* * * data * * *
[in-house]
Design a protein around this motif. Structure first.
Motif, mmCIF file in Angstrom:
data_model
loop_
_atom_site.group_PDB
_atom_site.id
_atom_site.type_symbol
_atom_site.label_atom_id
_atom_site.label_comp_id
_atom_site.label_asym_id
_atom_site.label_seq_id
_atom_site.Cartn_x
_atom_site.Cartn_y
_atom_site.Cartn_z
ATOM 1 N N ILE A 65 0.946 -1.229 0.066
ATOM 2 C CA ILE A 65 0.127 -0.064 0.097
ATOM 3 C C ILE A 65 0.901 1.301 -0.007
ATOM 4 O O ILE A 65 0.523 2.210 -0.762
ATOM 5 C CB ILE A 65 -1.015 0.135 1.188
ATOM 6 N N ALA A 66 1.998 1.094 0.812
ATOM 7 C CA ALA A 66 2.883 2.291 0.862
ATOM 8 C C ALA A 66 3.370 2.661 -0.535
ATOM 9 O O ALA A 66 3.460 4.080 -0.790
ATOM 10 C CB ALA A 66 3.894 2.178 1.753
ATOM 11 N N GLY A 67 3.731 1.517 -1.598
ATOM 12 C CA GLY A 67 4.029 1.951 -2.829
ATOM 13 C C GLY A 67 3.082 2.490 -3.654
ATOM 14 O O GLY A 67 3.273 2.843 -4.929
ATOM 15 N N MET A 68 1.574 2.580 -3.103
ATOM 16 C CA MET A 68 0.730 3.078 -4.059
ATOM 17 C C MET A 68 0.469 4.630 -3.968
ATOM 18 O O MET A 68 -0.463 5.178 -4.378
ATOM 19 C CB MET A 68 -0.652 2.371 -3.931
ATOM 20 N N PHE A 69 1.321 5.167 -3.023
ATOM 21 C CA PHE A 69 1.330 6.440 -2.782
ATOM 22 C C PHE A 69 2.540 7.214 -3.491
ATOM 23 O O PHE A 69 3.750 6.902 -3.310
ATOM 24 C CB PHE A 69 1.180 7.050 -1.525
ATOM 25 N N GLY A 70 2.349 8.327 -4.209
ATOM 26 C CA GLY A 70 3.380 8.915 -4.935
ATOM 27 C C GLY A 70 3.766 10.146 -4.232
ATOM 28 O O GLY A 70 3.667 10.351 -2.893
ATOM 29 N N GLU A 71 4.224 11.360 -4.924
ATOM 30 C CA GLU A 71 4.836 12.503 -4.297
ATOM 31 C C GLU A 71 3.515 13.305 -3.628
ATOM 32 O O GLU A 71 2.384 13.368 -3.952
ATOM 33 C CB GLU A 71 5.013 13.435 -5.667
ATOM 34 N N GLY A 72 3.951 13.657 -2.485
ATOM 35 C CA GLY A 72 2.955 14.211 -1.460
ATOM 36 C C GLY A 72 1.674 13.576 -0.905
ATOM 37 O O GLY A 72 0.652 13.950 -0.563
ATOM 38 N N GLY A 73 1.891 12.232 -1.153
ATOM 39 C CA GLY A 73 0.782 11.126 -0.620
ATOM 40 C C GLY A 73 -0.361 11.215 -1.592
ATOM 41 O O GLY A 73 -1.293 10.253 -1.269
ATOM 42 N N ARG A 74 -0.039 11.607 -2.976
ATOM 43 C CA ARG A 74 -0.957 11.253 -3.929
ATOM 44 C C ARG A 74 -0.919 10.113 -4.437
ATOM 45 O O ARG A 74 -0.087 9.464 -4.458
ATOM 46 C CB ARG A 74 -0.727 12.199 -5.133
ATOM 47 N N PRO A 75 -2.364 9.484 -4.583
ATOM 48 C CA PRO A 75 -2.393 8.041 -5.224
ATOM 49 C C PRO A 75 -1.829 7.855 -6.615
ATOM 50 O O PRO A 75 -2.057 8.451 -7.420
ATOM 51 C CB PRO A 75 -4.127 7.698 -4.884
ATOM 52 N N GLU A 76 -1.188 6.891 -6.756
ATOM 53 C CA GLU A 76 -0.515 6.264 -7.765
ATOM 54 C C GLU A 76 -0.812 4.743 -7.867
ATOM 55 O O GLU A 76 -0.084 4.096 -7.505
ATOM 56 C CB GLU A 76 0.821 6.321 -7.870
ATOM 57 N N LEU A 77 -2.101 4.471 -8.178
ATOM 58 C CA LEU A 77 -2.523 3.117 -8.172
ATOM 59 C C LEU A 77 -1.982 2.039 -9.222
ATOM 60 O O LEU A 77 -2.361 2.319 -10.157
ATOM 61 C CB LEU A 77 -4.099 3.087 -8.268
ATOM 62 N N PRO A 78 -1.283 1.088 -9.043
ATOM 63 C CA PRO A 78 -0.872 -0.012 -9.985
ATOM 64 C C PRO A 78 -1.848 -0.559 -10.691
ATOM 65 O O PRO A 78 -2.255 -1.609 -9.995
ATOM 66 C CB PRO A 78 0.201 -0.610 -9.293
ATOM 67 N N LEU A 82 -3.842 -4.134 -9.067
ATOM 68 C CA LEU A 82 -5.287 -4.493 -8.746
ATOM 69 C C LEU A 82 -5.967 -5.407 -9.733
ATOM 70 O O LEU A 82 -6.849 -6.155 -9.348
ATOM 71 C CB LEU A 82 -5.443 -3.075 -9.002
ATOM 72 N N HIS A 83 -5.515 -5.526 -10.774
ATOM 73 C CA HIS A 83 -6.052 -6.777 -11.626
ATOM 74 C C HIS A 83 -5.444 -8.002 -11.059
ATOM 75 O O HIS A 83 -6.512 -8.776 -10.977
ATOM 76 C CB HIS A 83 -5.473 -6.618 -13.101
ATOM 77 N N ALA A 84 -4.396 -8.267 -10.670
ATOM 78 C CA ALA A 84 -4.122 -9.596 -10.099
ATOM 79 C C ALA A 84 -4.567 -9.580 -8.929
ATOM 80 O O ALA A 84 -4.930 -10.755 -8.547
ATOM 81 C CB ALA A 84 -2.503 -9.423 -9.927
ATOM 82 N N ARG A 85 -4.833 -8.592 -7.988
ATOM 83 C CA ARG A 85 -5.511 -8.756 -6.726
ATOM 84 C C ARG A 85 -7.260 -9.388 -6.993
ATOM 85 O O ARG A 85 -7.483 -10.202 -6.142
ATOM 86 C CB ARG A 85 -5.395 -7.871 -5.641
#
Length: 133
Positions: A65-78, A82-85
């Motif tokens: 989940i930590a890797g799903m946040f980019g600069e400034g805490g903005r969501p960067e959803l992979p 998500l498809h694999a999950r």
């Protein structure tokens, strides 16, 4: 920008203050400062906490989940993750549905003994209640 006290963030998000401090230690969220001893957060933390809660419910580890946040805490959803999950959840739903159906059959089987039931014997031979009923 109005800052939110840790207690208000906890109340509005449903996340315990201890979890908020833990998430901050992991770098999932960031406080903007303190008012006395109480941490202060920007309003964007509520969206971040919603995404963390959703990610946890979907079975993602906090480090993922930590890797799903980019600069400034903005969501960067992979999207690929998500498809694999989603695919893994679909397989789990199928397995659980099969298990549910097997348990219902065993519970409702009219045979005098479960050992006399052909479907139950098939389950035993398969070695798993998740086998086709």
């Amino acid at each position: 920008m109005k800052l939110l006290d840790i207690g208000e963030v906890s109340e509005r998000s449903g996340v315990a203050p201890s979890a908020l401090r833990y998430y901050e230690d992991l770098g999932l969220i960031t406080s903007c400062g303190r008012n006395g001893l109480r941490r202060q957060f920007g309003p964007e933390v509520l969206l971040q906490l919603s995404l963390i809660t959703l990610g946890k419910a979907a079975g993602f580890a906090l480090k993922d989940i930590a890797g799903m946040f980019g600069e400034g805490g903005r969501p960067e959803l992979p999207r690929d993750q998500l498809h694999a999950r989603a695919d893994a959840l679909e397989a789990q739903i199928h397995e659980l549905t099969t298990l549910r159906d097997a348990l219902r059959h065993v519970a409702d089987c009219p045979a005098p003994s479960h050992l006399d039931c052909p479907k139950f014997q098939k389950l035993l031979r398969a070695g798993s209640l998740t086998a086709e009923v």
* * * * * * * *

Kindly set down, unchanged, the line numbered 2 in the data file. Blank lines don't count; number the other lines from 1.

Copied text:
Design a protein around this motif. Structure first.